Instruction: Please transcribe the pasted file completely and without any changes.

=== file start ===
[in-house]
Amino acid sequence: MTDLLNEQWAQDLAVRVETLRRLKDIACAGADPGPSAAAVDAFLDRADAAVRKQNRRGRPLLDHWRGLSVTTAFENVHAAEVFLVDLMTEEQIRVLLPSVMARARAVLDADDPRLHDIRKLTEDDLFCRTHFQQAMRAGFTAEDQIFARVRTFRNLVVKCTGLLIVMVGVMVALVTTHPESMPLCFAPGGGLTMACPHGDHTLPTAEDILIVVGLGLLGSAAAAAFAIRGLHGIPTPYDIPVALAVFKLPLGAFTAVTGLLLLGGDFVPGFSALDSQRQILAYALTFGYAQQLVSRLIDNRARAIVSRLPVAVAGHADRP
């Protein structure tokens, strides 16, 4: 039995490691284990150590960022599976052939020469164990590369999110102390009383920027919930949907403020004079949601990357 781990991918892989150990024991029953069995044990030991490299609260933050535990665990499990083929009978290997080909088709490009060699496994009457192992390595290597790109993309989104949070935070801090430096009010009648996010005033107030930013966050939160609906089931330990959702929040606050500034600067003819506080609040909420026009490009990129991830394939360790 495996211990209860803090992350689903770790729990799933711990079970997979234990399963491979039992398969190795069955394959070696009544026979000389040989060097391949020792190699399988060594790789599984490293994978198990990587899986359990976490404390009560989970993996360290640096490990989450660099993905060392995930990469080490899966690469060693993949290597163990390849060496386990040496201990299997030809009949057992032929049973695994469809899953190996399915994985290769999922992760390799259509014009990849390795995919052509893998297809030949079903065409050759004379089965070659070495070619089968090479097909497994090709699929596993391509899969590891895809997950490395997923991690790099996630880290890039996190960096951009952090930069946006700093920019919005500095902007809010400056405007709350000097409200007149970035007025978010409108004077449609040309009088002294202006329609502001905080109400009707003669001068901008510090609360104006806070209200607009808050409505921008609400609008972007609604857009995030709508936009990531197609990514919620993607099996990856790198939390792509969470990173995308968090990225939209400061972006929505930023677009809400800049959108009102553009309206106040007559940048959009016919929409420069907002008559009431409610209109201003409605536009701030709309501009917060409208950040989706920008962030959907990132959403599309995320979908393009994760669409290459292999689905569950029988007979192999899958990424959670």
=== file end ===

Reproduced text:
[in-house]
Amino acid sequence: MTDLLNEQWAQDLAVRVETLRRLKDIACAGADPGPSAAAVDAFLDRADAAVRKQNRRGRPLLDHWRGLSVTTAFENVHAAEVFLVDLMTEEQIRVLLPSVMARARAVLDADDPRLHDIRKLTEDDLFCRTHFQQAMRAGFTAEDQIFARVRTFRNLVVKCTGLLIVMVGVMVALVTTHPESMPLCFAPGGGLTMACPHGDHTLPTAEDILIVVGLGLLGSAAAAAFAIRGLHGIPTPYDIPVALAVFKLPLGAFTAVTGLLLLGGDFVPGFSALDSQRQILAYALTFGYAQQLVSRLIDNRARAIVSRLPVAVAGHADRP
């Protein structure tokens, strides 16, 4: 039995490691284990150590960022599976052939020469164990590369999110102390009383920027919930949907403020004079949601990357 781990991918892989150990024991029953069995044990030991490299609260933050535990665990499990083929009978290997080909088709490009060699496994009457192992390595290597790109993309989104949070935070801090430096009010009648996010005033107030930013966050939160609906089931330990959702929040606050500034600067003819506080609040909420026009490009990129991830394939360790 495996211990209860803090992350689903770790729990799933711990079970997979234990399963491979039992398969190795069955394959070696009544026979000389040989060097391949020792190699399988060594790789599984490293994978198990990587899986359990976490404390009560989970993996360290640096490990989450660099993905060392995930990469080490899966690469060693993949290597163990390849060496386990040496201990299997030809009949057992032929049973695994469809899953190996399915994985290769999922992760390799259509014009990849390795995919052509893998297809030949079903065409050759004379089965070659070495070619089968090479097909497994090709699929596993391509899969590891895809997950490395997923991690790099996630880290890039996190960096951009952090930069946006700093920019919005500095902007809010400056405007709350000097409200007149970035007025978010409108004077449609040309009088002294202006329609502001905080109400009707003669001068901008510090609360104006806070209200607009808050409505921008609400609008972007609604857009995030709508936009990531197609990514919620993607099996990856790198939390792509969470990173995308968090990225939209400061972006929505930023677009809400800049959108009102553009309206106040007559940048959009016919929409420069907002008559009431409610209109201003409605536009701030709309501009917060409208950040989706920008962030959907990132959403599309995320979908393009994760669409290459292999689905569950029988007979192999899958990424959670």